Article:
A song of mourning

28 December 2004 — Relief Centre, Amrita University, Amritapuri Campus

The sun had set. Two kilometres up the river in Azhikkal, the villagers had just set flame to 42 bodies. In the relief camp set up by the Ashram, the only sound was that of crickets.

From the college, Amma walked silently to the field behind the building and sat down, facing the backwaters. She closed her eyes. Soon many of ashramites were seated around her in meditation.

A little after 7:00, a harmonium was brought, as was a simple microphone and amplifier. Through its tiny speaker, Amma began to sing a sad-sounding prayer for happiness.

Amma’s voice was the only amplified sound, so it alone was carried out into the night. Her tampura, the drone of the crickets.

Could they hear her? Those who would never see their husbands again… those who would never see their wives… those who would never touch their children again… never know their mothers and father? In that darkness, was her voice some how holding them—perhaps even without them even knowing it?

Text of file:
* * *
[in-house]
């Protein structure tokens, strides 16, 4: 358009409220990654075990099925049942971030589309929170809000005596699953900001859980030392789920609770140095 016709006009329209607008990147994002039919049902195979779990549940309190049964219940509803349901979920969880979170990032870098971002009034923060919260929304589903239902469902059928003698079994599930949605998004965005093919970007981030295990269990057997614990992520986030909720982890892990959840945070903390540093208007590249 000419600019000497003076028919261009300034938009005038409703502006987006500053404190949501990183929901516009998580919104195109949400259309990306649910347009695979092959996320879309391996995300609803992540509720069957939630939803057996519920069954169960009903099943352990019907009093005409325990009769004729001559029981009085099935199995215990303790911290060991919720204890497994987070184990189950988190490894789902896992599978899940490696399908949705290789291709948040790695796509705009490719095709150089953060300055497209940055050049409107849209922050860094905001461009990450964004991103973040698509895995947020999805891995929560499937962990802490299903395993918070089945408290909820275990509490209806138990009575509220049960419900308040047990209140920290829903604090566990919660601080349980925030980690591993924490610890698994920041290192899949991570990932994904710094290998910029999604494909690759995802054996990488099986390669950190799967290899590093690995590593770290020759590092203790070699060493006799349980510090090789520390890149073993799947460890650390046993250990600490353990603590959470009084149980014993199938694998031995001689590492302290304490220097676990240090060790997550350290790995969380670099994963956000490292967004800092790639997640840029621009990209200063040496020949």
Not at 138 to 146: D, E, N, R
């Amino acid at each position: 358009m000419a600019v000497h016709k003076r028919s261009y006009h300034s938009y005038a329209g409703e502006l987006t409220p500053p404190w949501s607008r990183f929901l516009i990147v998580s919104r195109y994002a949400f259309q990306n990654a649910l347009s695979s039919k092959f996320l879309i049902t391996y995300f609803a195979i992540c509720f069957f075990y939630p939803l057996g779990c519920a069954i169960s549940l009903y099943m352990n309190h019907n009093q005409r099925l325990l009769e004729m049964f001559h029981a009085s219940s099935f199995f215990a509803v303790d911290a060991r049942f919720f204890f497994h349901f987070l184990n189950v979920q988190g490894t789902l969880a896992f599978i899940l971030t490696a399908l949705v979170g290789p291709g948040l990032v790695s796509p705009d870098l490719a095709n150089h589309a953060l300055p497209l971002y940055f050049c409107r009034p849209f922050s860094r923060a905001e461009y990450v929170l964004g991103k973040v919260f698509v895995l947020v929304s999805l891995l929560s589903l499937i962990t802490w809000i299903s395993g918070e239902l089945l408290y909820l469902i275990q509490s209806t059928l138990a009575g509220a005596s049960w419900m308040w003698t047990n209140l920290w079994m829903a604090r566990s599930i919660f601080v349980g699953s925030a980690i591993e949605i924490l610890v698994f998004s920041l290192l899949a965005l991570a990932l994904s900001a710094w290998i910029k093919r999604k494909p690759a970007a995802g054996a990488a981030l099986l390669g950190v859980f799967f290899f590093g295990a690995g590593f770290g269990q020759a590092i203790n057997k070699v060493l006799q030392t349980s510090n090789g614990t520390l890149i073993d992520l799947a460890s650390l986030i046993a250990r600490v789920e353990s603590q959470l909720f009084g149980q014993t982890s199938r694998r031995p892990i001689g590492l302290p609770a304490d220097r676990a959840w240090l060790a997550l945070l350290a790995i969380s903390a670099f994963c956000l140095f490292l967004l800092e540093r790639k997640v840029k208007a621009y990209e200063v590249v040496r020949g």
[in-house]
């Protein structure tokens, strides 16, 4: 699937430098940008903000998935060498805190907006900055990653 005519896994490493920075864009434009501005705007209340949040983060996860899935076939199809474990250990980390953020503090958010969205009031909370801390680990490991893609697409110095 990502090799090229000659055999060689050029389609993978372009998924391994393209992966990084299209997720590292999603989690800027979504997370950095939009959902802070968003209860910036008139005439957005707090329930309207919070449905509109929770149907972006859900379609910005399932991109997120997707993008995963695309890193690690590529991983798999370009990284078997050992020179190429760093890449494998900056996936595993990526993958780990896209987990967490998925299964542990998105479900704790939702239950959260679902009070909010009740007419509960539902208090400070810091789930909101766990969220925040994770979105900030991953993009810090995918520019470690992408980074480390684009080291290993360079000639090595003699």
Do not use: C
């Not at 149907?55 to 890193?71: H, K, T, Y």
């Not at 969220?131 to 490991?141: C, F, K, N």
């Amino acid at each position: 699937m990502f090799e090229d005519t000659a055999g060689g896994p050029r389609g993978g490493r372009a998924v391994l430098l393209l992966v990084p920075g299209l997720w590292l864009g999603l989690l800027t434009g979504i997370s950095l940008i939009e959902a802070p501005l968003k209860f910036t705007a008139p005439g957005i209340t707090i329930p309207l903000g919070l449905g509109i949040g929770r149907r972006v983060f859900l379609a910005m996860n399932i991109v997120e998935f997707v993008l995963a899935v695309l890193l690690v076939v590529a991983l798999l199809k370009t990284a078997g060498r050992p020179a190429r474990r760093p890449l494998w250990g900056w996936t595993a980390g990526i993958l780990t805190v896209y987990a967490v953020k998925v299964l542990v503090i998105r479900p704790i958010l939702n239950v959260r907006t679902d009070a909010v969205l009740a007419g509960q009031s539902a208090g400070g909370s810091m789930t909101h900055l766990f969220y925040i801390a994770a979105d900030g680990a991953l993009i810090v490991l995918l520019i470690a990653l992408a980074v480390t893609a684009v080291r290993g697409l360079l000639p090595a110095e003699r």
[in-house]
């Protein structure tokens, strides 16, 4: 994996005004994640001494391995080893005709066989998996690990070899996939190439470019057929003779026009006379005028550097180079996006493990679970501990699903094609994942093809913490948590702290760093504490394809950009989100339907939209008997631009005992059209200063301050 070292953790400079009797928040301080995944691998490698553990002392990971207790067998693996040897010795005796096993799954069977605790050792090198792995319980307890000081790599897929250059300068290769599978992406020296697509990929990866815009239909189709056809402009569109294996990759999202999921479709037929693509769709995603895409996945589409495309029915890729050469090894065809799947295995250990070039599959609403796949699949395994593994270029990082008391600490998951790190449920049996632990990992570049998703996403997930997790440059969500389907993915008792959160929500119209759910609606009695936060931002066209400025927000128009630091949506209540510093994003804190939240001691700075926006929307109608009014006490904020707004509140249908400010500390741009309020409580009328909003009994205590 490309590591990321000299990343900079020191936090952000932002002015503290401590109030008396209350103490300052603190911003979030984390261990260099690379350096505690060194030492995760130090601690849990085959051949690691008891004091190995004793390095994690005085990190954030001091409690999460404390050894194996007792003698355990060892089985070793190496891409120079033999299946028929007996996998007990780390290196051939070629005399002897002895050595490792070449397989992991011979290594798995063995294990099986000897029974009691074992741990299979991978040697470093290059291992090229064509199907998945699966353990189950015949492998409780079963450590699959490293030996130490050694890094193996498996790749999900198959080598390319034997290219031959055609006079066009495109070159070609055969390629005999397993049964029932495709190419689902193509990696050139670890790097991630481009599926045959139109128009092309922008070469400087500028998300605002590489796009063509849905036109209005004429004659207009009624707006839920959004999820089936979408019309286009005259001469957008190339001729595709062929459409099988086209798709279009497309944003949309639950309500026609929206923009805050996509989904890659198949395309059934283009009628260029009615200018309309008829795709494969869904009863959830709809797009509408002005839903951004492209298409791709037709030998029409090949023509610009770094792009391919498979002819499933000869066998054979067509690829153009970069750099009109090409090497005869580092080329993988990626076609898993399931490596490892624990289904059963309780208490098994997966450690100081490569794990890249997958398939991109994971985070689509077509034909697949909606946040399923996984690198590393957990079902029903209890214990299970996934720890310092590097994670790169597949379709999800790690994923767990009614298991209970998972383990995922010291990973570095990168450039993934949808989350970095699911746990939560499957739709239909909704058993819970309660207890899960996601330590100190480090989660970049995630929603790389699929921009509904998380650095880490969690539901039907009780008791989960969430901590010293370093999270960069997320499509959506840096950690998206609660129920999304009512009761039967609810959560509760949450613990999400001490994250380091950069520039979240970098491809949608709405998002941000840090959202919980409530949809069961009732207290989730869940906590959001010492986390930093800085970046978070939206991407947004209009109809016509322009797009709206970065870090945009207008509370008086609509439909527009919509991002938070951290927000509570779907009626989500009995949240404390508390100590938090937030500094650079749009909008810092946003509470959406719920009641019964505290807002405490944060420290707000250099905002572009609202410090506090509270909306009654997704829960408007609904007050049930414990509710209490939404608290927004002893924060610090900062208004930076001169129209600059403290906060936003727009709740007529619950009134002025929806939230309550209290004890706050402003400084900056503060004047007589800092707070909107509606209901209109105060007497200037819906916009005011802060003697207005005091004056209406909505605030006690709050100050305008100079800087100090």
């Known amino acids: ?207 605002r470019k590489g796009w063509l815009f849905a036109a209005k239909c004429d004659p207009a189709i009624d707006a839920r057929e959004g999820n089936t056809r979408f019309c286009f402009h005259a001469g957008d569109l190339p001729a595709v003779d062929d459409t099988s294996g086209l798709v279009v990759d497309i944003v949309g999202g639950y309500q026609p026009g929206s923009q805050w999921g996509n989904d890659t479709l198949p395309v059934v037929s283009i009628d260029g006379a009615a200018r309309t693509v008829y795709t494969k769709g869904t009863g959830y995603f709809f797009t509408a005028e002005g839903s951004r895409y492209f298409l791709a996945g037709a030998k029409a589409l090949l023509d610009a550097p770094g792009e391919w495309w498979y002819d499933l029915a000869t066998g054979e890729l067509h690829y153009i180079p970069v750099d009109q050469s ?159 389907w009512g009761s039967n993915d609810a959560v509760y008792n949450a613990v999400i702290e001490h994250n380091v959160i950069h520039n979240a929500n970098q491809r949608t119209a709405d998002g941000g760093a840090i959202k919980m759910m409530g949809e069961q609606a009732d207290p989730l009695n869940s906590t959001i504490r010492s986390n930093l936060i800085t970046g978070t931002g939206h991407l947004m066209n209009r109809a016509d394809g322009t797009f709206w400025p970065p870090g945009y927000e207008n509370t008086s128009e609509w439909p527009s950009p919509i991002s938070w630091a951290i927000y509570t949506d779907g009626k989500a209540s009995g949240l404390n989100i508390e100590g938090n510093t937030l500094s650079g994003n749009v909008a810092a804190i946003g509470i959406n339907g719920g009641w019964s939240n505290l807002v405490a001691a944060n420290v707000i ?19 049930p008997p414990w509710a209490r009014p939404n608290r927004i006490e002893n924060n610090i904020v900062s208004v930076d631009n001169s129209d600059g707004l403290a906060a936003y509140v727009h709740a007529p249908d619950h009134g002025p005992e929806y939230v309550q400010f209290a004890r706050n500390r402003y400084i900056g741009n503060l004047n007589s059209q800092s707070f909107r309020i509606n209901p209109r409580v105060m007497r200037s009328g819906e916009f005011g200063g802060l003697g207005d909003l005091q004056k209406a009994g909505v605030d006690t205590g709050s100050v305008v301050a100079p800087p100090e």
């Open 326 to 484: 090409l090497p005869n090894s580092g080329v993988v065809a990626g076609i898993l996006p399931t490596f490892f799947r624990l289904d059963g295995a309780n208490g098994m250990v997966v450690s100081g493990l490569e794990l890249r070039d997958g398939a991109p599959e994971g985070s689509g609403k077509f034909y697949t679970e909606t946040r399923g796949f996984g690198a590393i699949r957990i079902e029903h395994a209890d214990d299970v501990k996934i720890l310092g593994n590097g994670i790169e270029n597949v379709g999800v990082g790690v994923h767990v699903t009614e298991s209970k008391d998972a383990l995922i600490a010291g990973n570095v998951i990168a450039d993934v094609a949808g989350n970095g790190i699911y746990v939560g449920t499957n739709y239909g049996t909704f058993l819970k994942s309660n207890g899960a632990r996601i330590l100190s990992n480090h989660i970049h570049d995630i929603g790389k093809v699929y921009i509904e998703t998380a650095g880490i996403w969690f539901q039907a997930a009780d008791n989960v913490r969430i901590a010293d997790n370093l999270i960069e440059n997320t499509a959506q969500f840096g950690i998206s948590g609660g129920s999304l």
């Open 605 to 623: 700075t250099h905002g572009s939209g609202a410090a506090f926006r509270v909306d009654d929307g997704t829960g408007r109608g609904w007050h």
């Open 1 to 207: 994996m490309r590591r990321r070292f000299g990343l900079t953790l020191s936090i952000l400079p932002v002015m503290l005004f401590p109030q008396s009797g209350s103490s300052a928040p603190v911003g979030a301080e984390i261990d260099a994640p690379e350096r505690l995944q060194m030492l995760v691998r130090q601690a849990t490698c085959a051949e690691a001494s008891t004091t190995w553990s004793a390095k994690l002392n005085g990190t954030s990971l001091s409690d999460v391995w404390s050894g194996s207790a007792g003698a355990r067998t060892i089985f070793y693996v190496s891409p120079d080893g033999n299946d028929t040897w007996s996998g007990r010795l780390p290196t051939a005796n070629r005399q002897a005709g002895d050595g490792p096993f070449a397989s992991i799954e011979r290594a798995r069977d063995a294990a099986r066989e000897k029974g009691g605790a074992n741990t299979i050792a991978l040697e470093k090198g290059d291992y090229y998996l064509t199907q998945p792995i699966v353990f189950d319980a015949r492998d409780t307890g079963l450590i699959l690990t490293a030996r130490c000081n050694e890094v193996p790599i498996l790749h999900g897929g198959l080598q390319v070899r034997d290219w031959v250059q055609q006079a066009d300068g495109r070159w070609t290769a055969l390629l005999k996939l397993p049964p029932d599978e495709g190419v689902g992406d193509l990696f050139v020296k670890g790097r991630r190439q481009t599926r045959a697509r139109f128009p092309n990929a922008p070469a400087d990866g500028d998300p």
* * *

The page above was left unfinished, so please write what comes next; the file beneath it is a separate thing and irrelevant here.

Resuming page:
lokah samastah sukhino bhavantu…
lokah samastah sukhino bhavantu…
lokah samastah sukhino bhavantu…

Amma sang this refrain for almost 15 minutes straight. Each time the gravity of the line seemed to increase. Each time the devastation of the past three days seemed more inescapable.

Clearly many ashramites were thinking back to just the week before when Amma had twice sung this very song—both times ending in tears.

When the song was over, Amma sang a few more bhajans, then led everyone in a short meditation and announced She was returning to the Ashram.

With the turning of the moment, the destruction was over, and the rebuilding had begun.


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